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'When you play with emotion, that's when you become dangerous'

AB [de Villiers
Getty Images
Royal Challengers Bangalore
Kolkata Knight Riders
Super Over
ESPN Sports Media Ltd

Kagiso Rabada

Michael Holding

Dale Steyn
Getty Images
Getty Images
Wasim Akram
Waqar Younis
Mitchell Starc
Shaun Pollock
Virat Kohli
Steve Smith
David Warner
Parthiv Patel
Super Over
Andre Russell
Ricky Ponting
Prasidh Krishna
Knight Riders
Lungi [Ngidi
Nagraj Gollapudi

South African

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Vernon Philander

South Africa
Port Elizabeth
Delhi Capitals
Delhi Capitals'
South Africa's

the World Cup
the Year award

Positivity     49.00%   
   Negativity   51.00%
The New York Times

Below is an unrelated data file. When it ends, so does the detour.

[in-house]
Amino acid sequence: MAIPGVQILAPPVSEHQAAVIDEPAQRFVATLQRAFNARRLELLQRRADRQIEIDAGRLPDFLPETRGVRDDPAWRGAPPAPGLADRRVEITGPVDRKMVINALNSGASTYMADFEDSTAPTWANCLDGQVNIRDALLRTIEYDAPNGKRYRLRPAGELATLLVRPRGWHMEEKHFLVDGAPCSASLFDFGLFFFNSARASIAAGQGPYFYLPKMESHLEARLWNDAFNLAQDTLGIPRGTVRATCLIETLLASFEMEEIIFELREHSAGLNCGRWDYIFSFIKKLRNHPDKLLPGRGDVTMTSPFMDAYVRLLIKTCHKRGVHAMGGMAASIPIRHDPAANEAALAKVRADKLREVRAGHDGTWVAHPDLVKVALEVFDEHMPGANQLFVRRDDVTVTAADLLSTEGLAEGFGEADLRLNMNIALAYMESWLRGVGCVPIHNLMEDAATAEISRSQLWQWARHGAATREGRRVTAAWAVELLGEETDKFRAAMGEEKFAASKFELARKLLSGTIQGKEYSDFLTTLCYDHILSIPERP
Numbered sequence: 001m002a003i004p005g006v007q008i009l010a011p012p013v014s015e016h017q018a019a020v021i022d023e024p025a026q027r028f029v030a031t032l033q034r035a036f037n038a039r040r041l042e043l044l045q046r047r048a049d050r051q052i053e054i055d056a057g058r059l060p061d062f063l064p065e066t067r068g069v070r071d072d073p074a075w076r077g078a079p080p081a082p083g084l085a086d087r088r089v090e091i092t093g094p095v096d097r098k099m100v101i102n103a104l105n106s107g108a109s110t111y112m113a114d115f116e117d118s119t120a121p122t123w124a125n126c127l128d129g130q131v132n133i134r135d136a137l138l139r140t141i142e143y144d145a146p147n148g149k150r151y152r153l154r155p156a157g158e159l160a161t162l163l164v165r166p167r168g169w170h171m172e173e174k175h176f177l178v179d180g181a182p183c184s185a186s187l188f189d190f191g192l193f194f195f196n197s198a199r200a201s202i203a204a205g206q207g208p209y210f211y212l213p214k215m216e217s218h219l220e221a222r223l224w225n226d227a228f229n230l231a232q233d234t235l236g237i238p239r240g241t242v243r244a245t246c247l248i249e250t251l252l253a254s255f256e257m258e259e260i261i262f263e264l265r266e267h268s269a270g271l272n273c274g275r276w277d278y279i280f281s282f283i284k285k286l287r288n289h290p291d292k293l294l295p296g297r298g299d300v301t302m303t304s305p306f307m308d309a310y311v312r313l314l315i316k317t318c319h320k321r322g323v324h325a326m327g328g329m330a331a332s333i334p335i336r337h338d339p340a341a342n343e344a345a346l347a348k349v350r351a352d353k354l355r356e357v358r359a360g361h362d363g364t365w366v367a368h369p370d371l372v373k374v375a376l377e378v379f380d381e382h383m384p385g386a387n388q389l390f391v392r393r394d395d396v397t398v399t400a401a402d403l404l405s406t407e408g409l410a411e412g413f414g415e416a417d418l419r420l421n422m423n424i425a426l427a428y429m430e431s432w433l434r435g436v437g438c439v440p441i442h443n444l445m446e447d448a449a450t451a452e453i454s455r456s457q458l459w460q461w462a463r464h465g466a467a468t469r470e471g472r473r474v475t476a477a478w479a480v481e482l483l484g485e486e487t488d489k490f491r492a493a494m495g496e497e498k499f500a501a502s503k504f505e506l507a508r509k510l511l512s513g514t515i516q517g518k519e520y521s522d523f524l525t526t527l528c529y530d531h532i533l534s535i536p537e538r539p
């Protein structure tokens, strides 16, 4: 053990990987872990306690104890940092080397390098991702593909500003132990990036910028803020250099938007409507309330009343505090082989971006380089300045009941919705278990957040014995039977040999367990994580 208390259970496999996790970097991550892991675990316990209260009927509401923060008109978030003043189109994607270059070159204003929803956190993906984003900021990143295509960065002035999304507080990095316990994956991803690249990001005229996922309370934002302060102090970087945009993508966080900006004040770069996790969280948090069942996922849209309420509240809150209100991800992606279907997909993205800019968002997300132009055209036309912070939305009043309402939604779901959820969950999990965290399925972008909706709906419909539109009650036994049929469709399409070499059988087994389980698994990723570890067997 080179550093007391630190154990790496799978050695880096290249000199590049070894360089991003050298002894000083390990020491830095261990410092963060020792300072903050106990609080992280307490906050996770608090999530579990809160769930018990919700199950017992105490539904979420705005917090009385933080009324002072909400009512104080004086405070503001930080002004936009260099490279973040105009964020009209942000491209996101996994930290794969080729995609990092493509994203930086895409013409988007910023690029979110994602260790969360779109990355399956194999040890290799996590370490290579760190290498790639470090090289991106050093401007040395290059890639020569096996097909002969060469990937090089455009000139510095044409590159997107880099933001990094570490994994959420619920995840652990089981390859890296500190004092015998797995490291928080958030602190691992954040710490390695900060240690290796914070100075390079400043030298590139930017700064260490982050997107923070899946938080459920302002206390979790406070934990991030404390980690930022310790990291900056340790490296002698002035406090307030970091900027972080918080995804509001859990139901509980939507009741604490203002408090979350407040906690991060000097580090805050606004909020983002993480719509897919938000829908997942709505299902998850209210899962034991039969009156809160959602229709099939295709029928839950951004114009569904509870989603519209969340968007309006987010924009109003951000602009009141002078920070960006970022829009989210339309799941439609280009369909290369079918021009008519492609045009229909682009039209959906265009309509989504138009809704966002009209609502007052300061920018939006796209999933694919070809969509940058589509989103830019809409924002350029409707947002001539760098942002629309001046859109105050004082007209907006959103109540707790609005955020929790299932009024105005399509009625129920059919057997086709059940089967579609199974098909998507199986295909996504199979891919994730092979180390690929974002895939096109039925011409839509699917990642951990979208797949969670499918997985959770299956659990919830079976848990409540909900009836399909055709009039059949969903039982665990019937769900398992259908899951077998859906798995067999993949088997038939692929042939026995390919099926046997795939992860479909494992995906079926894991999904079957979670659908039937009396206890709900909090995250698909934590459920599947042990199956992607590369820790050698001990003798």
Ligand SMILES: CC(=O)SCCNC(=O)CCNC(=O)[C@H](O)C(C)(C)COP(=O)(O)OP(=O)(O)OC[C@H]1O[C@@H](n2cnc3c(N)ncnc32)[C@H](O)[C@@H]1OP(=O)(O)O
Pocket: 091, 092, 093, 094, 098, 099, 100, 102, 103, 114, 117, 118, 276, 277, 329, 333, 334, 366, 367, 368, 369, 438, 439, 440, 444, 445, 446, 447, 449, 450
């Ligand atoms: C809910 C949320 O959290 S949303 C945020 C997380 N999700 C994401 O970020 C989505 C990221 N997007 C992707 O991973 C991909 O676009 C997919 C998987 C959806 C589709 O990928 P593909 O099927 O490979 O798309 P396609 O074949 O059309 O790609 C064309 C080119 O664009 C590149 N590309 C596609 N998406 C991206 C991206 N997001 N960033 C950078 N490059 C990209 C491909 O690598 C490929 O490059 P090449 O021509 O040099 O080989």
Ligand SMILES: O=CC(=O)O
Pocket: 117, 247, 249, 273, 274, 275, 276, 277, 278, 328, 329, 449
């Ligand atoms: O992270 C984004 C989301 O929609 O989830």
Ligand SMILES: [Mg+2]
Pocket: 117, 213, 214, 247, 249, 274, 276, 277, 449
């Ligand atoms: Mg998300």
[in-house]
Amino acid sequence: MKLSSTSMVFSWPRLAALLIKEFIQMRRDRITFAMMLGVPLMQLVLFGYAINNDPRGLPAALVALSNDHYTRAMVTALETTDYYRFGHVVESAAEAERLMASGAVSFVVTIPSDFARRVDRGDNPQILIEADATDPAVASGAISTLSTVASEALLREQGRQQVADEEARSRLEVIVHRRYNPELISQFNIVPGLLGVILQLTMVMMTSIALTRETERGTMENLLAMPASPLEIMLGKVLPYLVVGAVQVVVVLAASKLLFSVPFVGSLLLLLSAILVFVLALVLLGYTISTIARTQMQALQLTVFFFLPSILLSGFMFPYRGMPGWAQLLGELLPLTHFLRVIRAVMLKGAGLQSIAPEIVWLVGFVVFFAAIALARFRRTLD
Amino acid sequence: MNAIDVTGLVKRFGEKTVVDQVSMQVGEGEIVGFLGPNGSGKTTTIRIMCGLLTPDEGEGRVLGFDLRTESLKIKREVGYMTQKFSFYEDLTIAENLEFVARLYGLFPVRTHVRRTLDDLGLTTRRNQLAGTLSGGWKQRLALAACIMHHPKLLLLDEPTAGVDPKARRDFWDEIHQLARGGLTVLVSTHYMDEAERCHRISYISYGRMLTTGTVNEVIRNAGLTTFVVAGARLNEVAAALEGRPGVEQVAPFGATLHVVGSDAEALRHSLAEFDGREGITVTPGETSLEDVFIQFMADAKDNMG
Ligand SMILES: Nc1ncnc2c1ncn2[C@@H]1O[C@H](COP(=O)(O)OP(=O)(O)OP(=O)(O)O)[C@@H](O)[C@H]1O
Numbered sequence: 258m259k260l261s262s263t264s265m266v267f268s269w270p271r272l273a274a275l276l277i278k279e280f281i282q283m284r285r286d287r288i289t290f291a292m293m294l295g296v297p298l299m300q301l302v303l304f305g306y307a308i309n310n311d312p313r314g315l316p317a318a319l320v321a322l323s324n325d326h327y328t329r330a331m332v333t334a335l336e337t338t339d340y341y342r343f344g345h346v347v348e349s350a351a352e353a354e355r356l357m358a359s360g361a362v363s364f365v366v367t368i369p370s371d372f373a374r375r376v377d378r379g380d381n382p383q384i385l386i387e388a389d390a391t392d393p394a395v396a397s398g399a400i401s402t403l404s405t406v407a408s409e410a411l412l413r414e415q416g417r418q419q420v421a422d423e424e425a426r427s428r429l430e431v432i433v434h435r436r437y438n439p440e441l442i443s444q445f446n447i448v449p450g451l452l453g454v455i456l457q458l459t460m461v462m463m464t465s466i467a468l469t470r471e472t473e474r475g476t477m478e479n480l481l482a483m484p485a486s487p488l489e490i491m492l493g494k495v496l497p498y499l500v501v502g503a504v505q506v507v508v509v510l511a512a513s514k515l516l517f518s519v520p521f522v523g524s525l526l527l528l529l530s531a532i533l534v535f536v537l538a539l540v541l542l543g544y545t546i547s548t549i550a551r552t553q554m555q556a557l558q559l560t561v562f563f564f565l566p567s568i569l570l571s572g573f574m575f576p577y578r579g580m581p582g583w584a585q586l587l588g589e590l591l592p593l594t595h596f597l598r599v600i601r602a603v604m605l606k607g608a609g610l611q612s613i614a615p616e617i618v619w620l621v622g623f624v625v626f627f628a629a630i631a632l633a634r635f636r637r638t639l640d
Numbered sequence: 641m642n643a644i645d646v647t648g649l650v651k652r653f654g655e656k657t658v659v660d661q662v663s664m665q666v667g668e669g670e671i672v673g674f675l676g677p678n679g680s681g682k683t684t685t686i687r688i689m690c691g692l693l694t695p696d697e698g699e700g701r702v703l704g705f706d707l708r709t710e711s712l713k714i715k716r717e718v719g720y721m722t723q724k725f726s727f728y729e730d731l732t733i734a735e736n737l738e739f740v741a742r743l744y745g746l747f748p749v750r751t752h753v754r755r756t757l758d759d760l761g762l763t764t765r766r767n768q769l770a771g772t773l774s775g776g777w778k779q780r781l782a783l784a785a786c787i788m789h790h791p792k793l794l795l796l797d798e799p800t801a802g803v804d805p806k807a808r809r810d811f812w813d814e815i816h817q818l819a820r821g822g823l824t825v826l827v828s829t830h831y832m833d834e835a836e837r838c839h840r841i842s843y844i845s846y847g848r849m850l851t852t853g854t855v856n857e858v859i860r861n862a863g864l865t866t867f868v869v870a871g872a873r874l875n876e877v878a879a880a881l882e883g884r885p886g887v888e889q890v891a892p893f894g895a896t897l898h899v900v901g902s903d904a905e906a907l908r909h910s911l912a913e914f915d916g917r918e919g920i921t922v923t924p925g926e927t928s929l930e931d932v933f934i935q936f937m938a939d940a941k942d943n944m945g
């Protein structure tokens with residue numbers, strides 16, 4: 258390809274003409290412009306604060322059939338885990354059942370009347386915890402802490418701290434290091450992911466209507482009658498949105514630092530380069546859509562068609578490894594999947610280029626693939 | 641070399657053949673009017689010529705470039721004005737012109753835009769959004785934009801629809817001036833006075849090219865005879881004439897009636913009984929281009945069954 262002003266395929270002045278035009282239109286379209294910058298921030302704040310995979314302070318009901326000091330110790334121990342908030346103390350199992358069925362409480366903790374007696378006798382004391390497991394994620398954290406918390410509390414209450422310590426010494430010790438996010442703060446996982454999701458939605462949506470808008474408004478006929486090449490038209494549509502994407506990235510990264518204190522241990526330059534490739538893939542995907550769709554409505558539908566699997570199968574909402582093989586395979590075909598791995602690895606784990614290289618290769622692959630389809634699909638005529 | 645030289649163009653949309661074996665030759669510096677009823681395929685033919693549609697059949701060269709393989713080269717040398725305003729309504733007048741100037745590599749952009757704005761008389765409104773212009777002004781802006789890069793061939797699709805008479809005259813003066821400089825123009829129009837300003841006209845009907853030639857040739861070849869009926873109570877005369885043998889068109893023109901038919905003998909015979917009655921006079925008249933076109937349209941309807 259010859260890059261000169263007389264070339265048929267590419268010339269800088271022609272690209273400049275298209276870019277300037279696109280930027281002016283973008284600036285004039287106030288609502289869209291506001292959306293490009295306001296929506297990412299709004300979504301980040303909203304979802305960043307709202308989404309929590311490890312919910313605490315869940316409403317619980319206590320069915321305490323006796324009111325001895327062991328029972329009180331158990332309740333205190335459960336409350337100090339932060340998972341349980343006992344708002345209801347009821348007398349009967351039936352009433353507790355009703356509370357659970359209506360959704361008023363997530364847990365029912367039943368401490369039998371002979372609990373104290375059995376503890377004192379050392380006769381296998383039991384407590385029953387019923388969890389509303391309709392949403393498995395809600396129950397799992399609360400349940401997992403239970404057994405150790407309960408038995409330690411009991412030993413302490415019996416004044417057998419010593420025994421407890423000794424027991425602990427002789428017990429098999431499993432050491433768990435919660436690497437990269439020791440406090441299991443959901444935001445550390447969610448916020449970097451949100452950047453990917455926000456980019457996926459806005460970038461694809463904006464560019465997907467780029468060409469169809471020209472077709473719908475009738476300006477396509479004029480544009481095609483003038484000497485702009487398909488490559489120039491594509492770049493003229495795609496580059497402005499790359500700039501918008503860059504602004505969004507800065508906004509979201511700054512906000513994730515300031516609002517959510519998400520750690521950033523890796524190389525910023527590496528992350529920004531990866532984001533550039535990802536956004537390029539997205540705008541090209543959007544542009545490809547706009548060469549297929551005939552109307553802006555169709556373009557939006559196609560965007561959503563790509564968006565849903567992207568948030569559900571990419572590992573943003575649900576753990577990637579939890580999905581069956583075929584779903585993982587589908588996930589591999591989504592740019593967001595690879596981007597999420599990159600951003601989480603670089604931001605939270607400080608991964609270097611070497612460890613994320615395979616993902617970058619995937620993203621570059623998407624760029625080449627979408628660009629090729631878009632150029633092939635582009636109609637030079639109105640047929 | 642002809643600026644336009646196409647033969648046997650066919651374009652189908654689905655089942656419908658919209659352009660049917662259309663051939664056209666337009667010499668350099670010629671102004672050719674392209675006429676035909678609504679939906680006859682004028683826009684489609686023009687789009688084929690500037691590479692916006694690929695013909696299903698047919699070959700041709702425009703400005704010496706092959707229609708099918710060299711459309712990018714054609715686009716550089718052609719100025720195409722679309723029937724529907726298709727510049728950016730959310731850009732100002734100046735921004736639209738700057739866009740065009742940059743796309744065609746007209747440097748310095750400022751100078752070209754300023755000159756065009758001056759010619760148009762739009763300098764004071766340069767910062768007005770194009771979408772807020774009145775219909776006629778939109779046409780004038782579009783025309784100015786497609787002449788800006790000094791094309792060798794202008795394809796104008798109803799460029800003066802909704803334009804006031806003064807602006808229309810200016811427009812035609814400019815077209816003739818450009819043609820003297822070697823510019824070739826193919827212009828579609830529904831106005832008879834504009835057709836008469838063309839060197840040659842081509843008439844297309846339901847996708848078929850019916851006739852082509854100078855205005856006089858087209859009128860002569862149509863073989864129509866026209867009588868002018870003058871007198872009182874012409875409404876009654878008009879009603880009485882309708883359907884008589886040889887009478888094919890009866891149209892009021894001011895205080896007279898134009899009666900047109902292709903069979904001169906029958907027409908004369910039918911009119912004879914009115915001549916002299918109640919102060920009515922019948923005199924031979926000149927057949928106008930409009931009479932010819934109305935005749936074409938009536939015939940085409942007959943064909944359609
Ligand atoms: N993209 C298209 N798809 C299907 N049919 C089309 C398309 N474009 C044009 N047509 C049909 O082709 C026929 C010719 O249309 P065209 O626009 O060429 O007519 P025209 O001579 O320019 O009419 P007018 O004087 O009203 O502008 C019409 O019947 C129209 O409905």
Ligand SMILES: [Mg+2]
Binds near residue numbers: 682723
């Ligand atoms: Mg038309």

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Kagiso Rabada talks about putting passion into his game, balancing instinct and technique when bowling, and how his IPL experiences might help him at the World Cup I feel like I go through phases when it comes to fitness. When we are playing cricket, there is not much time to gym, so you really want to gym when you have time in between. The fact that we play cricket, the fact that we are bowlers, it helps you because you are running all the time. I feel like I run when I bowl. In Johannesburg, at altitude, I've spent all my school and teenage years running, so I feel like I've just got natural stamina. Although now I feel like maybe I need to pay more attention [to training consciously]. When you are feeling good at anything, you just enjoy it. That's what I love about fast bowling: when you are running in, it's nice and hot, you are feeling good, your body becomes warm and you are really working, working well. Most times you are not working well and you just have to find a way. But once you get that feeling, when you are feeling good and it is working, I love it. Those feel-good endorphins, that adrenaline, it is a feeling that does not come all the time. There is emotion within the team space because of the magnitude of the series, because of what has happened in the past, because of what has happened in the first Test, all the words and all the sledging going on, and you want to prove a point. When you play with emotion, that's when players become dangerous. Once we play with emotion and we aren't so neutral [we become dangerous] - neutral in the sense that we are going to play this game and we want to do well and we want to win; no more than that. The best fast bowlers in the world, a lot of them are good athletes. To excel at fast bowling over a period of time, Holding says a fast bowler needs to have a nice, smooth, rhythmic run-up; a controlled action; and control at the point of delivery. You need a really good run-up to be a fast bowler. "That's what I love about fast bowling: when you are running in, it's nice and hot, you are feeling good, your body becomes warm and you are really working well" "That's what I love about fast bowling: when you are running in, it's nice and hot, you are feeling good, your body becomes warm and you are really working well" "That's what I love about fast bowling: when you are running in, it's nice and hot, you are feeling good, your body becomes warm and you are really working well" He talked about liking a ball that felt small in his hand. I spoke to Polly [Shaun Pollock], who, I think, liked a ball that was a bit uneven so it got a bit of wobble. Pace will always be an advantage because it gives the batsman less time to react to the ball, especially if it is doing a little bit. So it is about using your pace but trying to get the ball in good areas, having studied the batsman. If you bowl at 150kph against the best batsmen, like Virat Kohli, Steve Smith or David Warner in Test cricket and they miss or find it hard to counter, does that help? The more you play, the more you learn about how differently batsmen play: whether they are off-side or leg-side players or they like to play both sides. On the day, it is about getting a sense of what is happening and taking the game plan into the match, and from there just adapting to what you feel without altering the plan too much. [In the first match of the ODI series in India, where Rabada successfully defended 11 runs in the final over, picking up two wickets and India lost by five runs.] Myself and AB [de Villiers], by assessing the conditions, we decided that hard length was the way to go and it worked. In Test cricket which do you think is your best spell? What about that Centurion Test against England, where you got your career-best figures and your first Man-of-the-Match award in international cricket? It is not something that you play for, but if an award of that calibre comes your way, it is great. I feel very honoured to be talked about as the best cricketer in the world without the distinction of being a bowler or a batsman. That makes you happier as a person, instead of just being in a mode where you feel you are reaching for something but you just haven't got it yet and you just want to keep going at it. Showing emotion in a good way - will it help or not? I did not feel 100% at all: I felt the ball wasn't coming out [well]. Coming back to cricket, what goes through your mind when you are hit for runs? In the next over you bowled with a bit more pace into Kohli's body, and he found it hard to get away. You have to think about what you are going to do, because the wicket was good. And becoming angry like that - is that what gets him to play well? It just about the feeling. It comes from feel. If I had to bowl that over when I was 19 and had only started playing international cricket, maybe I would have seen the situation differently. I don't know what they feel. Ricky was an outstanding player, has been a coach in the IPL for a long time, so it is just good to tap into his mind and understand the game from his perspective. I am just trying to play the game, and play the game the way I play it and learn about it. People try and justify transformation by using players like us, using players like Lungi [Ngidi]. But I do know as well that there are white people who feel the same way. I started playing cricket because I liked to play sport. Nagraj Gollapudi is news editor at ESPNcricinfo© ESPN Sports Media Ltd.Bowling yorkers may be 'simple' for Delhi Capitals' main weapon, but Rabada has also shown the adaptability that is the hallmark of the bestOn the eve of his 50th ODI appearance, the 23-year-old fast bowler remains humble on his roles and responsibilities in South Africa's limited-overs squadHow the rugby-loving son of a doctor and a lawyer became the world's No. 1 bowler at 22